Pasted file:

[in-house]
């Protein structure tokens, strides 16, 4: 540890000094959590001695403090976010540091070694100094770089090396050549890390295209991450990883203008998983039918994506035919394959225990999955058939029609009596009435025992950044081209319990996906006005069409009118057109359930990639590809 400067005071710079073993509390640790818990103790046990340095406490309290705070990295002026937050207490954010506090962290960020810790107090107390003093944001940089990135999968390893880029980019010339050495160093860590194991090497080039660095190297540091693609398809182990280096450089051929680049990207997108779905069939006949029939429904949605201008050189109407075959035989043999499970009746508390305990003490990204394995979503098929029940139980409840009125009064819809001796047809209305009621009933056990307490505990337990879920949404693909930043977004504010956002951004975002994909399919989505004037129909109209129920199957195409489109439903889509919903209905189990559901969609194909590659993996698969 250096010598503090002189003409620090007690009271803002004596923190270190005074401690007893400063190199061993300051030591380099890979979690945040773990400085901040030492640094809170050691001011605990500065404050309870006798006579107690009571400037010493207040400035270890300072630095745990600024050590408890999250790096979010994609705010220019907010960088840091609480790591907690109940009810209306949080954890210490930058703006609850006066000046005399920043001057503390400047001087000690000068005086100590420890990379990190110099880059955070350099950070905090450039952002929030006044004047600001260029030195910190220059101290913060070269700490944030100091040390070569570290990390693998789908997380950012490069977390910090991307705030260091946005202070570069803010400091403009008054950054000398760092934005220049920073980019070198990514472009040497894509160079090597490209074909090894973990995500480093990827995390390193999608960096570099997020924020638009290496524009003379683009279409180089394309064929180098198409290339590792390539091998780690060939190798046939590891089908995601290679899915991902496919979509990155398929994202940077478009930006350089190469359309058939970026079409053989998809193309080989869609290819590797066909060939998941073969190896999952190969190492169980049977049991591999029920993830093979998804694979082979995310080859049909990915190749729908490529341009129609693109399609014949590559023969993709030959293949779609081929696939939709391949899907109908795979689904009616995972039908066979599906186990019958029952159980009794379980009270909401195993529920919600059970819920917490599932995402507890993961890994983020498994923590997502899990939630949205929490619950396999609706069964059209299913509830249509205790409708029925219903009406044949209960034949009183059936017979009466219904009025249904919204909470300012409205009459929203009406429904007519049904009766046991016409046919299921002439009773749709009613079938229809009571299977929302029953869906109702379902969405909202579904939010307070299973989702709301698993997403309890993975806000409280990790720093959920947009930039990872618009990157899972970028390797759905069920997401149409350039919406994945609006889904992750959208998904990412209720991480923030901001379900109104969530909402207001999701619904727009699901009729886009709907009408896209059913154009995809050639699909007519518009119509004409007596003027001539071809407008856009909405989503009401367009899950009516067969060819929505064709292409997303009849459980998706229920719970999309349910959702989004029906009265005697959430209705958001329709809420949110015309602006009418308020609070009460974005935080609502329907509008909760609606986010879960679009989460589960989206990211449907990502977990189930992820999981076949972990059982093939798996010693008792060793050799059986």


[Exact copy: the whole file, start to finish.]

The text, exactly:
[in-house]
């Protein structure tokens, strides 16, 4: 540890000094959590001695403090976010540091070694100094770089090396050549890390295209991450990883203008998983039918994506035919394959225990999955058939029609009596009435025992950044081209319990996906006005069409009118057109359930990639590809 400067005071710079073993509390640790818990103790046990340095406490309290705070990295002026937050207490954010506090962290960020810790107090107390003093944001940089990135999968390893880029980019010339050495160093860590194991090497080039660095190297540091693609398809182990280096450089051929680049990207997108779905069939006949029939429904949605201008050189109407075959035989043999499970009746508390305990003490990204394995979503098929029940139980409840009125009064819809001796047809209305009621009933056990307490505990337990879920949404693909930043977004504010956002951004975002994909399919989505004037129909109209129920199957195409489109439903889509919903209905189990559901969609194909590659993996698969 250096010598503090002189003409620090007690009271803002004596923190270190005074401690007893400063190199061993300051030591380099890979979690945040773990400085901040030492640094809170050691001011605990500065404050309870006798006579107690009571400037010493207040400035270890300072630095745990600024050590408890999250790096979010994609705010220019907010960088840091609480790591907690109940009810209306949080954890210490930058703006609850006066000046005399920043001057503390400047001087000690000068005086100590420890990379990190110099880059955070350099950070905090450039952002929030006044004047600001260029030195910190220059101290913060070269700490944030100091040390070569570290990390693998789908997380950012490069977390910090991307705030260091946005202070570069803010400091403009008054950054000398760092934005220049920073980019070198990514472009040497894509160079090597490209074909090894973990995500480093990827995390390193999608960096570099997020924020638009290496524009003379683009279409180089394309064929180098198409290339590792390539091998780690060939190798046939590891089908995601290679899915991902496919979509990155398929994202940077478009930006350089190469359309058939970026079409053989998809193309080989869609290819590797066909060939998941073969190896999952190969190492169980049977049991591999029920993830093979998804694979082979995310080859049909990915190749729908490529341009129609693109399609014949590559023969993709030959293949779609081929696939939709391949899907109908795979689904009616995972039908066979599906186990019958029952159980009794379980009270909401195993529920919600059970819920917490599932995402507890993961890994983020498994923590997502899990939630949205929490619950396999609706069964059209299913509830249509205790409708029925219903009406044949209960034949009183059936017979009466219904009025249904919204909470300012409205009459929203009406429904007519049904009766046991016409046919299921002439009773749709009613079938229809009571299977929302029953869906109702379902969405909202579904939010307070299973989702709301698993997403309890993975806000409280990790720093959920947009930039990872618009990157899972970028390797759905069920997401149409350039919406994945609006889904992750959208998904990412209720991480923030901001379900109104969530909402207001999701619904727009699901009729886009709907009408896209059913154009995809050639699909007519518009119509004409007596003027001539071809407008856009909405989503009401367009899950009516067969060819929505064709292409997303009849459980998706229920719970999309349910959702989004029906009265005697959430209705958001329709809420949110015309602006009418308020609070009460974005935080609502329907509008909760609606986010879960679009989460589960989206990211449907990502977990189930992820999981076949972990059982093939798996010693008792060793050799059986």